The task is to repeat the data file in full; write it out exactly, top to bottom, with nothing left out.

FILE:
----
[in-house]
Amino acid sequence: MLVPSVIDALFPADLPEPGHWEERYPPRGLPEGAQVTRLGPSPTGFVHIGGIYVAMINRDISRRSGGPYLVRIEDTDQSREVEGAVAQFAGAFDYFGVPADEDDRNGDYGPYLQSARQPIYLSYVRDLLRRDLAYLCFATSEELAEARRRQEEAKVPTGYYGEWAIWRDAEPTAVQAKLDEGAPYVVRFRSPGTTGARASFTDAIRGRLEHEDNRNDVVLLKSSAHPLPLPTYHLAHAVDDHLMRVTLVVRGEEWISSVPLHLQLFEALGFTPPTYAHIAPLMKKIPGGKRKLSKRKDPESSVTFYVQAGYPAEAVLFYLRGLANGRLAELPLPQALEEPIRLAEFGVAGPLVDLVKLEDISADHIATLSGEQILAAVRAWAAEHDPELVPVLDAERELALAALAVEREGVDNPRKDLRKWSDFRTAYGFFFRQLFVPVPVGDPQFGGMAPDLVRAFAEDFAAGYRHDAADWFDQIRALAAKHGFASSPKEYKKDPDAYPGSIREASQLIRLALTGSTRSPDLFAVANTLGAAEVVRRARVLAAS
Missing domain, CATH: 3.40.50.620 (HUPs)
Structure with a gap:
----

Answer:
[in-house]
Amino acid sequence: MLVPSVIDALFPADLPEPGHWEERYPPRGLPEGAQVTRLGPSPTGFVHIGGIYVAMINRDISRRSGGPYLVRIEDTDQSREVEGAVAQFAGAFDYFGVPADEDDRNGDYGPYLQSARQPIYLSYVRDLLRRDLAYLCFATSEELAEARRRQEEAKVPTGYYGEWAIWRDAEPTAVQAKLDEGAPYVVRFRSPGTTGARASFTDAIRGRLEHEDNRNDVVLLKSSAHPLPLPTYHLAHAVDDHLMRVTLVVRGEEWISSVPLHLQLFEALGFTPPTYAHIAPLMKKIPGGKRKLSKRKDPESSVTFYVQAGYPAEAVLFYLRGLANGRLAELPLPQALEEPIRLAEFGVAGPLVDLVKLEDISADHIATLSGEQILAAVRAWAAEHDPELVPVLDAERELALAALAVEREGVDNPRKDLRKWSDFRTAYGFFFRQLFVPVPVGDPQFGGMAPDLVRAFAEDFAAGYRHDAADWFDQIRALAAKHGFASSPKEYKKDPDAYPGSIREASQLIRLALTGSTRSPDLFAVANTLGAAEVVRRARVLAAS
Missing domain, CATH: 3.40.50.620 (HUPs)
Structure with a gap: